The Army Back Home
How Roosevelt’s fireside chat changed American industry and culture.
Facts, figures, and exploded myths about the biggest industrial boom in U.S. history.
WHEN AMERICANS TUNED THEIR RADIOS to hear President Franklin Roosevelt deliver an informal address in December 1940, war seemed distant. “The people of Europe who are defending themselves do not ask us to do their fighting,” Roosevelt assured his listeners. “They ask us for the implements of war, the planes, the tanks, the guns, the freighters which will enable them to fight for their liberty and for our security…. We must be the great arsenal of democracy…. We must apply ourselves to our task with the same resolution, the same sense of urgency, the same spirit of patriotism and sacrifice as we would show were we at war.”
A year later the United States was at war, and its aircraft production had doubled. The following year, it doubled again, and by 1945 the country had produced 304,000 aircraft, more than Germany and Japan combined.
More Floor Space
To mobilize for war, the Roosevelt administration created the Defense Plant Corporation to oversee the construction of government-owned munitions factories, which were then leased to manufacturers. One of its largest projects was the 6.3-millionsquare-foot Dodge-chicago plant, built in 1942 on Chicago’s south side to make B-29 engines. Raw steel and aluminum entered at one end and Wright R-3350 Duplex Cyclones emerged from the other, 18,000 times. In 1965, the plant became the Ford-city shopping mall. Today, part of the complex houses a Tootsie Roll factory, with a visitors’ gallery that displays a B-29 engine.
Made From Scrap
Airplanes weren’t. Scrap drives collected more than six million pounds of aluminum pots and pans and other kitchen utensils, but many were recycled into… pots and pans. Airplanes were made from highergrade aluminum, and the vast supply needed came from building new refineries, boosting production at existing suppliers, and mining more bauxite, the mineral from which aluminum is made.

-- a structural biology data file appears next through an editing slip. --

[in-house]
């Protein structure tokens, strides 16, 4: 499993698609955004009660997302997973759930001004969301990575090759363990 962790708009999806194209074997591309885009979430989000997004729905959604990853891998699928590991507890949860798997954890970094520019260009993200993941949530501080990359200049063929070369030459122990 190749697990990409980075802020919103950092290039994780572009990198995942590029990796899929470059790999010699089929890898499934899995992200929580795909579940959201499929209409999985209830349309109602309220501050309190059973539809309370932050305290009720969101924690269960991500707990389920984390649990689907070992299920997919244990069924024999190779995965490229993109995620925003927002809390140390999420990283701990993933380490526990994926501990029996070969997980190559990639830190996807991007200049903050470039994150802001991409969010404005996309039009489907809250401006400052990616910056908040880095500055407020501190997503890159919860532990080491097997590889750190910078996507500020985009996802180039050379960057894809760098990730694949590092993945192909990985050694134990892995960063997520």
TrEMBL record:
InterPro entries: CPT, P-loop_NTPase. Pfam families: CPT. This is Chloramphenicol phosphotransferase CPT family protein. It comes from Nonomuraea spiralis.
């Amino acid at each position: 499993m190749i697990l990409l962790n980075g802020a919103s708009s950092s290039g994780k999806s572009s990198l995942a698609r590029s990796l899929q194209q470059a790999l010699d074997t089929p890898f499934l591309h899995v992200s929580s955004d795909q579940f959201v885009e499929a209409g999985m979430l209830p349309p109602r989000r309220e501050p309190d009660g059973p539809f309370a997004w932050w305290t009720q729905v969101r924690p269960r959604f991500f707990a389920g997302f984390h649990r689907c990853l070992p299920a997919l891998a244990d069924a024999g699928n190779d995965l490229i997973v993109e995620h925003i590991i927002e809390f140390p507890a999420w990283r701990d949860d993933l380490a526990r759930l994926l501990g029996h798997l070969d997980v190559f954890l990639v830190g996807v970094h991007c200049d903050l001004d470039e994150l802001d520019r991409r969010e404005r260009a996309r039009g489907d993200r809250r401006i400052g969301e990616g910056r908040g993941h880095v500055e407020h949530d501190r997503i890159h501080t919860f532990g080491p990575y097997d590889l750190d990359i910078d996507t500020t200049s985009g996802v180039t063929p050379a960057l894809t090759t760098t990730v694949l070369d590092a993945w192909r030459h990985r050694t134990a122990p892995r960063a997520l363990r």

When silk could no longer be obtained from Japan, the War Production Board launched a drive for silk and nylon stockings, and within four months collected 880,000 pounds, which could be converted into parachutes and glider tow rope, but was a tiny fraction of what was needed. Economists have shown that World War II scrap drives had almost no impact on output, but historians say they promoted patriotism.
After the Japanese attack on Pearl Harbor, U.S. aircraft and engine plants ran 24 hours a day and required new workers to keep them going. Many were women. Before the war, women constituted only a quarter
of the U.S. workforce. Most of them were single and held positions mainly in service, hospitality, and retail. By 1945, 19.1 million women held 36 percent of jobs, and many were married because a large number of servicemen wed before deployment. As women left the domestic and service jobs they had held before the war, minorities filled in. After a protest by the Brotherhood of Sleeping Car Porters, Roosevelt signed an executive order banning discrimination in U.S. defense plants, and a half-million African Americans migrated north and west to fill jobs in aircraft and munitions factories.